Positron emission tomography and stage migration in head and neck cancer. / Vanderwalde, Noam; Salloum, Ramzi G.; Liu, Tsai Ling; Hornbrook, Mark C.; O'Keeffe Rosetti, Maureen C.; Ritzwoller, Debra P.; Fishman, Paul A.; Elston Lafata, Jennifer; Khandani, Amir H.; Chera, Bhishamjit S.

In: JAMA Otolaryngology - Head and Neck Surgery, Vol. 140, No. 7, 01.01.2014, p. 654-661.

Research output: Contribution to journalArticle

Vanderwalde, N, Salloum, RG, Liu, TL, Hornbrook, MC, O'Keeffe Rosetti, MC, Ritzwoller, DP, Fishman, PA, Elston Lafata, J, Khandani, AH & Chera, BS 2014, 'Positron emission tomography and stage migration in head and neck cancer', JAMA Otolaryngology - Head and Neck Surgery, vol. 140, no. 7, pp. 654-661. https://doi.org/10.1001/jamaoto.2014.812
Vanderwalde, Noam ; Salloum, Ramzi G. ; Liu, Tsai Ling ; Hornbrook, Mark C. ; O'Keeffe Rosetti, Maureen C. ; Ritzwoller, Debra P. ; Fishman, Paul A. ; Elston Lafata, Jennifer ; Khandani, Amir H. ; Chera, Bhishamjit S. / Positron emission tomography and stage migration in head and neck cancer. In: JAMA Otolaryngology - Head and Neck Surgery. 2014 ; Vol. 140, No. 7. pp. 654-661.
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AU - O'Keeffe Rosetti, Maureen C.

AU - Ritzwoller, Debra P.

AU - Fishman, Paul A.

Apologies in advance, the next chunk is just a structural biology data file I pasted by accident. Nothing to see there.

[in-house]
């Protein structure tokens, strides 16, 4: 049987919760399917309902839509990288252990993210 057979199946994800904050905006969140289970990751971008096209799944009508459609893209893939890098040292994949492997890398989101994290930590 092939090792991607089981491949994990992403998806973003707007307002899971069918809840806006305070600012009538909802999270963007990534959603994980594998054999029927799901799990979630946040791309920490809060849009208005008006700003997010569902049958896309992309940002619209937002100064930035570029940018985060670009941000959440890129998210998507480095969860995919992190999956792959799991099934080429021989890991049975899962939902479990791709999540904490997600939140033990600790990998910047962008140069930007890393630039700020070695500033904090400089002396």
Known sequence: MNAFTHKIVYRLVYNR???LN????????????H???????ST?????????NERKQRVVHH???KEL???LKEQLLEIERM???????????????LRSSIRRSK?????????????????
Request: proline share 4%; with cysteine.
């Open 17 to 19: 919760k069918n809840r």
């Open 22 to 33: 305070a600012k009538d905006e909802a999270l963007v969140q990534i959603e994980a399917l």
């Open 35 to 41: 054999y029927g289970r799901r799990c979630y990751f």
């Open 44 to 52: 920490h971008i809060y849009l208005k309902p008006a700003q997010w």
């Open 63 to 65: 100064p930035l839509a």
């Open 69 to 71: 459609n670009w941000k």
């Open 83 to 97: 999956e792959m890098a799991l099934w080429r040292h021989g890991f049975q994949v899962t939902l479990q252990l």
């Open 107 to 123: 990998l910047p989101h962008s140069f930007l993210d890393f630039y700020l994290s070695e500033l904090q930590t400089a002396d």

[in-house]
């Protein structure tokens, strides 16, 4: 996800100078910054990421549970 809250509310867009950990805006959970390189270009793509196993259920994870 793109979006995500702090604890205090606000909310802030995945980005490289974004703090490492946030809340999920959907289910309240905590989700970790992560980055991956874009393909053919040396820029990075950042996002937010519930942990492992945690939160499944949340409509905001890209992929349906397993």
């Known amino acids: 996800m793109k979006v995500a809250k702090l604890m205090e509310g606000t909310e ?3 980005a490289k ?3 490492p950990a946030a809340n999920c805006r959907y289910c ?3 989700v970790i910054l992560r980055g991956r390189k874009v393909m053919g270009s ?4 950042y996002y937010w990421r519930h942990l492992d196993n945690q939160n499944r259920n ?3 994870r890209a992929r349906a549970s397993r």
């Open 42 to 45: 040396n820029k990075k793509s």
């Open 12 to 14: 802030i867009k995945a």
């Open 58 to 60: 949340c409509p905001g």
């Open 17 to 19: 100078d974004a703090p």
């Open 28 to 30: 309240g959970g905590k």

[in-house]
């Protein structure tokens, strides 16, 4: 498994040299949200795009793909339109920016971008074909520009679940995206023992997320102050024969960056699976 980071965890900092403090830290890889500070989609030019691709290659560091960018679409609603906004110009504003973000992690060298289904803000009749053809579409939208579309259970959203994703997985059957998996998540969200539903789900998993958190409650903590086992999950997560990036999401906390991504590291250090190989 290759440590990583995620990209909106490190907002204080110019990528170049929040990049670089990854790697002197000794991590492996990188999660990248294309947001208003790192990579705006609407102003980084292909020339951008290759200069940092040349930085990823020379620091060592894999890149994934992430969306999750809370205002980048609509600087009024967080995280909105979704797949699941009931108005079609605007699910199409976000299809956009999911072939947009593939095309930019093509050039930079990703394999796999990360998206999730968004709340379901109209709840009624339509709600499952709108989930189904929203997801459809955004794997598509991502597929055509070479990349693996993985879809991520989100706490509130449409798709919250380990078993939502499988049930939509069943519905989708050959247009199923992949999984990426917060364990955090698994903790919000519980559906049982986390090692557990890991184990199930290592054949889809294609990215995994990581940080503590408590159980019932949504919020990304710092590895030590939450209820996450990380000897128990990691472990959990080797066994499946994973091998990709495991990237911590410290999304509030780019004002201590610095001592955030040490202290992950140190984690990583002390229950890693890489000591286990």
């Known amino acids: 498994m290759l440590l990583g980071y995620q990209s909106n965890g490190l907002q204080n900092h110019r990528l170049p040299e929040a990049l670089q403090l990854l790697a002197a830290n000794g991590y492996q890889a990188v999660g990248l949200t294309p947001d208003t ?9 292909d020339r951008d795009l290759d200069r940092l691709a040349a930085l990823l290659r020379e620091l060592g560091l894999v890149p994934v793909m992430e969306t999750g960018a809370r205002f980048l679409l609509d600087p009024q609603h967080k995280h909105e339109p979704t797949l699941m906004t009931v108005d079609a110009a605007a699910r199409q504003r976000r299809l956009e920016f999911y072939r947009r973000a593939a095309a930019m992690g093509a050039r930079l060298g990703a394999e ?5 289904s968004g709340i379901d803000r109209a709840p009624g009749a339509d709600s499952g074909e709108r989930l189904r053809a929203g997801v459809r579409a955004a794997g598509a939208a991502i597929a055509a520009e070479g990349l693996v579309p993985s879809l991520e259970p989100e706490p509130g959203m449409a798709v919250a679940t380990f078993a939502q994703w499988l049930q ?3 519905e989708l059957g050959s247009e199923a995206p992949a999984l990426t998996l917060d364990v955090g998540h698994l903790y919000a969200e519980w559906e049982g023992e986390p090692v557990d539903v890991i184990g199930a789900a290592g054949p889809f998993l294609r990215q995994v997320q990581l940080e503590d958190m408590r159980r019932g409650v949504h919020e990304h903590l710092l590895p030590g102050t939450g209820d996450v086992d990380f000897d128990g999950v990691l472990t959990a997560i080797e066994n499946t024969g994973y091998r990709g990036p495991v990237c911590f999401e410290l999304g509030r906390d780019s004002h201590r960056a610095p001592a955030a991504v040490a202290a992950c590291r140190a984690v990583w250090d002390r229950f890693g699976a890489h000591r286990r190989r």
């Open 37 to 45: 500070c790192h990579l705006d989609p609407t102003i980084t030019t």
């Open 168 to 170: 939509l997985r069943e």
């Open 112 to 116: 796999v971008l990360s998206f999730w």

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N2 - IMPORTANCE: Since 2001, there has been a rapid adoption of positron emission tomography (PET) for diagnosis and American Joint Committee on Cancer (AJCC) staging of head and neck cancer (HNC) without data describing improved clinical outcomes. OBJECTIVE: To determine the association between increased use of PET and stage and/or survival for patients with HNC in the managed care environment. DESIGN, SETTING, AND PARTICIPANTS: Adult patients diagnosed as having HNC (n = 958) from 2000 to 2008 at 4 integrated health systems were identified via tumor registries linked to administrative data. The AJCC stage distribution, patient and treatment characteristics, and survival between pre-PET era (2000-2004) vs PET era (2005-2008) and use of PET vs no use of PET during the PET era were compared. The AJCC stages were categorized to represent localized (stage I or II), locally advanced (stage III, IVA, or IVB), and metastatic (stage IVC) disease. INTERVENTIONS: Treatments were determined by billing codes for surgery, radiation treatment, and chemotherapy. MAIN OUTCOMES AND MEASURES: The primary outcome for this studywas the use of PET. Secondary outcomes included treatment received and 2-year survival. A logit model estimated the effects of PET on diagnosis of locally advanced disease. Kaplan-Meier estimates described overall survival differences between PET and non-PET. Cox regression evaluated the association of PET on survival in patients with locally advanced disease. RESULTS: An association between PET and locally advanced disease was found (odds ratio, 2.86 [95% CI, 1.90-4.29) (P < .001). Two-year overall survival for patients with locally advanced disease with and without PET was 52% and 32%, respectively (P = .004), but there was no difference for all stages (P = .69). On Cox proportional hazard regression, PET had no association with survival in patients with locally advanced disease (hazard ratio, 1.208 [95% CI, 0.778-1.877]) (P = .40). CONCLUSIONS AND RELEVANCE: The increasing use of PET among patients with HNC is associated with a greater number of patients with higher-stage disease and a dilution of the population with higher-stage disease with patients who have a better prognosis. Thus, the improved survival in patients with locally advanced disease likely reflects selection bias and stage migration. Further research on PET use among patients with HNC is necessary to determine if it results in improved treatment for individual patients.